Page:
When I was growing up, one of my absolute favorite meals was tortellini. When I would come home from third grade and my mom would have little tricolored tortellini sitting in a colander next to the stove, I knew I was in for a hell of a night. Throw some butter on those guys, sprinkle massive amounts of parmesan cheese, and plop an Italian sausage and syrup (yeah, don’t judge me) on my plate, and I’d have a dinner of champions.

As I got older, I always wanted to learn how to make tortellini. At Christmas time, my family makes homemade ravioli. Tortellini are the same concept, but, in my head, making one doesn’t really count as making the other. Despite my ravioli-making expertise, I’ve been in a tortellini-making deficit!

Mante lined up on grey cloth

Close up of ManteThe Armenian Version of Tortellini: Mante

Luckily for me, Armenia can get down with some tortellini. Just don’t call it “pasta” or you’ll actually be asking for toothpaste! In the 13th century, Armenia formed an alliance with the Mongols, and the tradition of mante (Armenian tortellini) was born. The first recipe for mante was written in the 15th century and features dough filled with lamb, chickpeas, cinnamon and vinegar. I think I’d like to make this variation next!

These mante were an absolute JOY. I’ll tell you upfront, this recipe is not a quick meal—but it’s a meal that’s worth every second. It took about an hour to fill this hand-rolled dough with lamb, onions, and parsley. But by the end I had a cookie sheet lined with gorgeous, fresh mante ready to find a happy home in my belly.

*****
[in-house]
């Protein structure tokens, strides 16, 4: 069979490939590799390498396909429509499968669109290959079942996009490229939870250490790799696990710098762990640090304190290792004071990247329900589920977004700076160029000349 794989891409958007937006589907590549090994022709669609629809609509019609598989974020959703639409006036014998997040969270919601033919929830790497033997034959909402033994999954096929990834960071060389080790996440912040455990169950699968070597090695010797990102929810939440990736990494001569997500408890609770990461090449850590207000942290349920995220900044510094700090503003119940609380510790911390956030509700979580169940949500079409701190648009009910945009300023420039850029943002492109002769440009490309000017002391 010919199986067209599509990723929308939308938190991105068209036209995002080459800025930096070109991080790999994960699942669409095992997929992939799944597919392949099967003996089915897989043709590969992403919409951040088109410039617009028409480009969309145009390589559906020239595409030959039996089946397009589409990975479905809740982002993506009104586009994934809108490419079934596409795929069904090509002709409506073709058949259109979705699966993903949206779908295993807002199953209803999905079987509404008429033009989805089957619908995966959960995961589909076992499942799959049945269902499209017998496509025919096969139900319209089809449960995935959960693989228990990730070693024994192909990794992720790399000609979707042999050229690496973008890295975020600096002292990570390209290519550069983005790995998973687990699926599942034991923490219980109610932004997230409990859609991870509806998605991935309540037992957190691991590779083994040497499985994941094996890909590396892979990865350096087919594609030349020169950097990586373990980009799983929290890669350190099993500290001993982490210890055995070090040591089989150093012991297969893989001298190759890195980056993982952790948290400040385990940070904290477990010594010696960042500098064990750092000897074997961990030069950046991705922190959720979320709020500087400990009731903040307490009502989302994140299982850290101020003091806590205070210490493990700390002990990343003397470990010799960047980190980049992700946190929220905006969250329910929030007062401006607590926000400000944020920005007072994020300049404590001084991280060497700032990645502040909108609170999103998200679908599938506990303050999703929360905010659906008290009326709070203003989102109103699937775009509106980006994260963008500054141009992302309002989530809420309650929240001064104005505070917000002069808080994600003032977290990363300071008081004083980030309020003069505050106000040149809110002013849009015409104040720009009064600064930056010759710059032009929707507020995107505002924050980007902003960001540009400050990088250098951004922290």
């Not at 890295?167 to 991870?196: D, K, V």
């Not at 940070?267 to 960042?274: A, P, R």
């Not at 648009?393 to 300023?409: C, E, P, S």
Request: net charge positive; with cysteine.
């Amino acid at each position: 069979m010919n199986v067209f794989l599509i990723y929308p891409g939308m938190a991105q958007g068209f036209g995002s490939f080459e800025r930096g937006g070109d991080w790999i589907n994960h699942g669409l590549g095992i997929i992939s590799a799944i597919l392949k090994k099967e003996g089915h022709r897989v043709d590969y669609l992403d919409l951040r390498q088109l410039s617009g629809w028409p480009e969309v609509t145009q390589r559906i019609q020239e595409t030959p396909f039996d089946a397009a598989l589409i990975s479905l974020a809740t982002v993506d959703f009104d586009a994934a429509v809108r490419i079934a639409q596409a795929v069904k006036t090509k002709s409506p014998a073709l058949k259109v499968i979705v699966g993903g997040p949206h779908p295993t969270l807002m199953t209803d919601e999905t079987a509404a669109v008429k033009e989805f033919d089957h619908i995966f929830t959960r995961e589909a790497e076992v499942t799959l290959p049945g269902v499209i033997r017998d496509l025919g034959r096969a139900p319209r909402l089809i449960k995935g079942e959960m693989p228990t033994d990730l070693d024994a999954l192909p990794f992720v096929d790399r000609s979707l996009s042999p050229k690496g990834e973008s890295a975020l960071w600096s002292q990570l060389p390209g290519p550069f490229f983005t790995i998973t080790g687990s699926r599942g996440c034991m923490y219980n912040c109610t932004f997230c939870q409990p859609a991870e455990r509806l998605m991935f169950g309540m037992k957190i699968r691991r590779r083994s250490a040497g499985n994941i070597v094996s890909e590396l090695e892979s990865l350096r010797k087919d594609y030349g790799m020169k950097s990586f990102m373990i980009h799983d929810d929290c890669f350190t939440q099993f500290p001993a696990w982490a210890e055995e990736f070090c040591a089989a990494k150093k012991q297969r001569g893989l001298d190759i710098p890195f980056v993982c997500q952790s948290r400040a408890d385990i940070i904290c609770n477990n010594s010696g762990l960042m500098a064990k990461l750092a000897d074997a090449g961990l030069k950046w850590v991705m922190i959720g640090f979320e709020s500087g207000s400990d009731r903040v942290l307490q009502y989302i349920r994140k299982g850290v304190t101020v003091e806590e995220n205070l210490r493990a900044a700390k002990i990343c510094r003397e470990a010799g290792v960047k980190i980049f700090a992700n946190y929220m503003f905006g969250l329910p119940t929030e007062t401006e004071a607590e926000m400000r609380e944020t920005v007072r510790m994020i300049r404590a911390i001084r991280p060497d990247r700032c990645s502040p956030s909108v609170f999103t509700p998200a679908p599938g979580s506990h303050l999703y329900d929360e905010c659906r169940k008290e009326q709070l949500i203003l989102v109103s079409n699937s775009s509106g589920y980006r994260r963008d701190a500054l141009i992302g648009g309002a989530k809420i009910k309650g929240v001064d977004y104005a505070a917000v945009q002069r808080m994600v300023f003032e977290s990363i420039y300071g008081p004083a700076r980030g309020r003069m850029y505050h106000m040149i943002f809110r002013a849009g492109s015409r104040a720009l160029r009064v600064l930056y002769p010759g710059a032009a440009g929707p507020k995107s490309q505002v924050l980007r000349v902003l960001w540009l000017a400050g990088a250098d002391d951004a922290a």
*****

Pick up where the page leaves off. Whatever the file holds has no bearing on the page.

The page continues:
Mante Soup

The soup with mante is flavorful and brothy, and SO good! I could seriously eat a bowl every day. If you aren’t in the mood for soup, though, enjoying the mante by themselves (and some butter like in the good old days) is another phenomenal option. Whichever way you choose, this recipe is worth the investment.

If you’re into soups and stews, also be sure to check out my Andorran Meat Stew, this Algerian Chickpea Stew, or my Argentinian Beef and Pumpkin Stew.

If you try this recipe, let me know! Leave a comment, rate it, and don’t forget to tag a photo #theforeignfork on Instagram. See you soon!

Armenian Mantiabour (Tortellini Soup Flavored with Mint)

Mantiabour is an Armenian soup made with mante (Armenian tortellini), flavored with mint, and combined with yogurt to thicken. The mante can also be enjoyed separately if desired.  

Course Main Course, Soup
Prep Time 1 hour
Cook Time 20 minutes
Total Time 1 hour 20 minutes
Servings 6 servings

Ingredients

Dough

  • 2 cups all-purpose flour
  • 1/2 tsp salt
  • 1 egg

Filling

  • 7 oz ground lamb
  • 1 onion grated
  • 3 tbsp parsley finely chopped
  • black pepper to season

To Finish!

  • 6 cups chicken stock
  • 2 tsp salt
  • 1 cup drained yogurt
  • 1 garlic clove
  • 2 tsp dried mint

Instructions

Dough

  1. Sift the flour and salt together. Form into a pile on the counter or a cutting board. Make a well in the middle of the flour. 

  2. Crack the egg into a measuring cup. Whisk the egg, then add cold water to the cup to bring the total measurement up to 1/2 cup. Whisk again.

  3. Pour the egg mixture into the well of dough. Use a fork to slowly combine the flour into the egg, grabbing from the center and slowly working outwards.

  4. When the dough becomes too thick to mix with a fork, begin kneading with your hands. Knead until smooth, adding more water if necessary. Cover and rest for 30 minutes. 

Filling

  1. Place the filling ingredients in a bowl and mix to combine well. 

Assembling the Mante